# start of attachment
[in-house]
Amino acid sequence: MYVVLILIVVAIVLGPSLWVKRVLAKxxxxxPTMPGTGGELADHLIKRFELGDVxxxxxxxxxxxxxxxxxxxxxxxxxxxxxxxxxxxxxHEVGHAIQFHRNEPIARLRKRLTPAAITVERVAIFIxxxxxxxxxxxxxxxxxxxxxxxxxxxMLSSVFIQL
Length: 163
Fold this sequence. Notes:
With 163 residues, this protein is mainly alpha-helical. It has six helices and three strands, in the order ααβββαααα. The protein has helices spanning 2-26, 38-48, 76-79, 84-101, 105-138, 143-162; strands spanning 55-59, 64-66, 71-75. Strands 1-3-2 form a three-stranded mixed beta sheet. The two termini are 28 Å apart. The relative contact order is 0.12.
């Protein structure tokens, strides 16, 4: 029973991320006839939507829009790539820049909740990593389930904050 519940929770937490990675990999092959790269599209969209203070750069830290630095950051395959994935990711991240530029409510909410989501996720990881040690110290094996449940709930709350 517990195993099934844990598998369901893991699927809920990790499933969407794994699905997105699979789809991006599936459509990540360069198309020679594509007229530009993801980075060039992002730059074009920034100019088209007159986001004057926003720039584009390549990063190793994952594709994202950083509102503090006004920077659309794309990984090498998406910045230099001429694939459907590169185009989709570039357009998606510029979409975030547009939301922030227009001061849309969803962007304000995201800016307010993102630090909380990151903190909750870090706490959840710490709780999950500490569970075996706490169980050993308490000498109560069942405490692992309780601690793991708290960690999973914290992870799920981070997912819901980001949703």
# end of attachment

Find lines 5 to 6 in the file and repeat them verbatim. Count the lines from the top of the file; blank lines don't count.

With 163 residues, this protein is mainly alpha-helical. It has six helices and three strands, in the order ααβββαααα. The protein has helices spanning 2-26, 38-48, 76-79, 84-101, 105-138, 143-162; strands spanning 55-59, 64-66, 71-75. Strands 1-3-2 form a three-stranded mixed beta sheet. The two termini are 28 Å apart. The relative contact order is 0.12.
């Protein structure tokens, strides 16, 4: 029973991320006839939507829009790539820049909740990593389930904050 519940929770937490990675990999092959790269599209969209203070750069830290630095950051395959994935990711991240530029409510909410989501996720990881040690110290094996449940709930709350 517990195993099934844990598998369901893991699927809920990790499933969407794994699905997105699979789809991006599936459509990540360069198309020679594509007229530009993801980075060039992002730059074009920034100019088209007159986001004057926003720039584009390549990063190793994952594709994202950083509102503090006004920077659309794309990984090498998406910045230099001429694939459907590169185009989709570039357009998606510029979409975030547009939301922030227009001061849309969803962007304000995201800016307010993102630090909380990151903190909750870090706490959840710490709780999950500490569970075996706490169980050993308490000498109560069942405490692992309780601690793991708290960690999973914290992870799920981070997912819901980001949703």